The unique Bronco Sports Utility is basically a tiny pickup truck. It features a small bed and removable roof with bucket or bench seats. While it offered a certain level of utility, it was not a big hit — production of the Sports Utility ended in 1972, leaving only the wagon, which is the style that continued through the rest of Bronco’s initial existence.
Initially the Ford Bronco was offered with two engine choices: a 170-cubic-inch (2.8-liter) inline 6-cylinder powerplant producing about 105 horsepower, or a 289-cid (4.7-liter) V8 rated at 200 horsepower. A few years into production a 302-cid V8 engine replaced the 289, bumping power to 210 and torque to 300 lb-ft. A 3-speed manual gearbox with a steering-column shifter was the only transmission option until Ford introduced an optional automatic transmission in 1973.
In 1969 off-road racing legends Rod Hall and Larry Minor drove a Ford Bronco to overall victory in the Baja 1000. It was the first time a production 4WD vehicle had ever won the grueling race, and to this day Bronco is the only production 4-wheel-drive vehicle to ever win the Baja 1000 overall. Broncos have had considerable off-road-racing success over the years, and even today vintage Broncos still compete. (Ford has plans to continue racing with the all-new Bronco — stay tuned.)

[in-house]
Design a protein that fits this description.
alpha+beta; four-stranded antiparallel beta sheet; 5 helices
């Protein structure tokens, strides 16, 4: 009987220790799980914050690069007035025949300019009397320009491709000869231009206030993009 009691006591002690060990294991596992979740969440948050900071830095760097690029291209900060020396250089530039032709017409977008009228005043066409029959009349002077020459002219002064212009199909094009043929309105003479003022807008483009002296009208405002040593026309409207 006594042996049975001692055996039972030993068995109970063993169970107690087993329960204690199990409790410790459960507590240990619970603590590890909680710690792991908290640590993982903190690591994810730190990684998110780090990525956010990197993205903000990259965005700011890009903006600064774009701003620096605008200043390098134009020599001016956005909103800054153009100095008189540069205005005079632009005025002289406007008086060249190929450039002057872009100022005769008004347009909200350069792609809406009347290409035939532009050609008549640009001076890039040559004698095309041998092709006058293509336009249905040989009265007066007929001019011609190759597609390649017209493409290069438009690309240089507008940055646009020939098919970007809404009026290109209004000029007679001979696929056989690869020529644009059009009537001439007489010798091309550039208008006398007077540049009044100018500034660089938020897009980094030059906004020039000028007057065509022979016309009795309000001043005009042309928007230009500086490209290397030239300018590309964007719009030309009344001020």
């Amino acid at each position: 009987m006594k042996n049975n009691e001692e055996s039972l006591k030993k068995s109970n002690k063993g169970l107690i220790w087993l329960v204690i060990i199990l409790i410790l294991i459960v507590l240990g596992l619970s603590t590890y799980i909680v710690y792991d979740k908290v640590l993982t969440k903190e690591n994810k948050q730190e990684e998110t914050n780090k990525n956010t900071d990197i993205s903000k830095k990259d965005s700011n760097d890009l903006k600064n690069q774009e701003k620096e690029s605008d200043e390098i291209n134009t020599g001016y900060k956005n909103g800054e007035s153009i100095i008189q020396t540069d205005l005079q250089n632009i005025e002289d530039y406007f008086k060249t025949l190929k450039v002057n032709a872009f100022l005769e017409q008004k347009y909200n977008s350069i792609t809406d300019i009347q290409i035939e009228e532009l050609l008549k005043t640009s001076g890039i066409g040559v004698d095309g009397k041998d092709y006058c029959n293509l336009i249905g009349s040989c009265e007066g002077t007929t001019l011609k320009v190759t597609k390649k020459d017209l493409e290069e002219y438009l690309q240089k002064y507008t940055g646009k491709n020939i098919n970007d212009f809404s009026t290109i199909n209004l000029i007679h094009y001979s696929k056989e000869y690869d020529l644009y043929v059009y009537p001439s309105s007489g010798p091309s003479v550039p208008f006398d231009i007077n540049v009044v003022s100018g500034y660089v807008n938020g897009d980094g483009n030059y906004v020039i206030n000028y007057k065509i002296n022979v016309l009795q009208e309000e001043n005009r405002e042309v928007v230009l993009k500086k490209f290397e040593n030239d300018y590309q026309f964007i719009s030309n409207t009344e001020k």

The Bronco remained primarily unchanged until the next generation arrived in 1978; however, the first-gen Bronco did get several updates along the way. The SUV received power steering In 1973 as well as an optional automatic transmission. That same year a larger 200 cid inline 6-cylinder engine became the standard powerplant. New trim levels and upgraded interiors also appeared throughout the first-generation’s lifetime; however, the Bronco remained primarily unchanged until 1977. By this time the SUV market had grown competitive with the introduction of the Chevrolet Blazer / GMC Jimmy in 1969.
Bronco moved into its second generation for the 1978 model year — a generation that only lasted two years. Ford had intended for the new Bronco to reach the market in 1974, but with the Arab Oil Embargo of 1973 and subsequent fuel crisis in full force the introduction of a fuel-thirsty SUV did not make much sense at the time, so the second-gen Bronco ended up having a shortened run.